The Other Side: Bond Backers Remain Wary of Equities

While many have joined the bullish camp in recent weeks, several top strategists remain much less enthusiastic about stocks, notes TheStreet.com’s Stan Luxenberg.

Chief among the bears is Rob Arnott, of Research Affiliates and the PIMCO All Asset fund. Arnott, who recently published a paper saying that bonds — not stocks — have historically been the best investment vehicle, continues to see challenges to stocks. He’s been underweighting stocks and focusing on bonds.

Arnott is concerned that Washington’s recent actions have changed the rules of the financial markets, which will hurt stocks for years to come. Stock holders never used to worry that government interference would dilute the value of their holdings, Luxenberg says, but now, Arnott thinks the Obama administration looks ready to “stiff stock and bond holders” as banks and auto makers restructure.

“We need to recognize that centuries of contract law have far less meaning than in the past,” says Arnott, whose PIMCO fund has returned 3.7% per year over the past five years (through May 15), beating the S&P 500 by about 6 percentage points per year. “This means that assets must be priced lower, with higher yields, to compensate for this new layer of risk.”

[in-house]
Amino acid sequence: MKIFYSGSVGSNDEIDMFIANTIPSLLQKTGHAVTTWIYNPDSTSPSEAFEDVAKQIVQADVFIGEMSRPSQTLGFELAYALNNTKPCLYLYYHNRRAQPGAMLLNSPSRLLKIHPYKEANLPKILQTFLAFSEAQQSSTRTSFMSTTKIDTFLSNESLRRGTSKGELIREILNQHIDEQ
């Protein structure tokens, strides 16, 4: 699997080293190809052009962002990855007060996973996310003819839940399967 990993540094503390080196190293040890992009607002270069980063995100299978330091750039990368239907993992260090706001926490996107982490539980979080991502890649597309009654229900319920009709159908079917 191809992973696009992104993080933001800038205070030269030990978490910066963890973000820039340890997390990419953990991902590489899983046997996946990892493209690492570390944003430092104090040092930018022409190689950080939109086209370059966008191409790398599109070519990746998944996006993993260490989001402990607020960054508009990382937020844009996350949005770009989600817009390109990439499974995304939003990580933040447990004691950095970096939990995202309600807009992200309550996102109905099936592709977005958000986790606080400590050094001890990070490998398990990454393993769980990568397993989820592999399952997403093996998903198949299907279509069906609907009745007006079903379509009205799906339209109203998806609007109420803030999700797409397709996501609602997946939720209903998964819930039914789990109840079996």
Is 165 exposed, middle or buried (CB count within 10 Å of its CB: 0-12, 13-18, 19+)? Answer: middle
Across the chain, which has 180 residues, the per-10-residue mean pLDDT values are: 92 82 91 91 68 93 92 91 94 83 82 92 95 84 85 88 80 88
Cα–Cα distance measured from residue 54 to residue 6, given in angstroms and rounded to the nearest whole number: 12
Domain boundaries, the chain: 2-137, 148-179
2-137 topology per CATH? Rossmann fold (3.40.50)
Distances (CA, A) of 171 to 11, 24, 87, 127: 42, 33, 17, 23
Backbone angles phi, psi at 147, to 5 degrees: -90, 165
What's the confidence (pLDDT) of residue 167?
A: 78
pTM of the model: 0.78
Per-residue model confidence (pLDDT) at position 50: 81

Other managers are also focused on bonds. Louis Stanasolovich, president of Legend Financial Advisors, thinks stock returns won’t overtake bond returns for at least a decade. Taking the S&P 500’s historical earnings growth of 6% and its current dividend yield of 2.6%, the index could see annual returns of about 8.6% for a while. Corporate bonds, meanwhile, currently yield almost the same, Luxenberg writes.

Stanasolovich warns that stocks are still not cheap. In past bears, the S&P’s price/earnings ratio has fallen to 7, but it now sits around 12, he says, adding that huge debt levels could slow the economy and hurt stocks. “This is a time to underweight equities,” he says.

Another notable bear is the No-Load Fund Analyst newsletter. Its publisher, Litman/Gregory, “recently sounded a bearish note, arguing the S&P 500 would likely return less than 0.5% annually during the next five years”, writes Luxenberg.

High debt and unemployment will create an earnings decline nearly as steep as that of the Great Depression, Litman/Gregory thinks. The newsletter currently has 43.5% of assets in equities and 56.5% in fixed income, compared to a neutral weighting of 60% in stocks and 40% in bonds.

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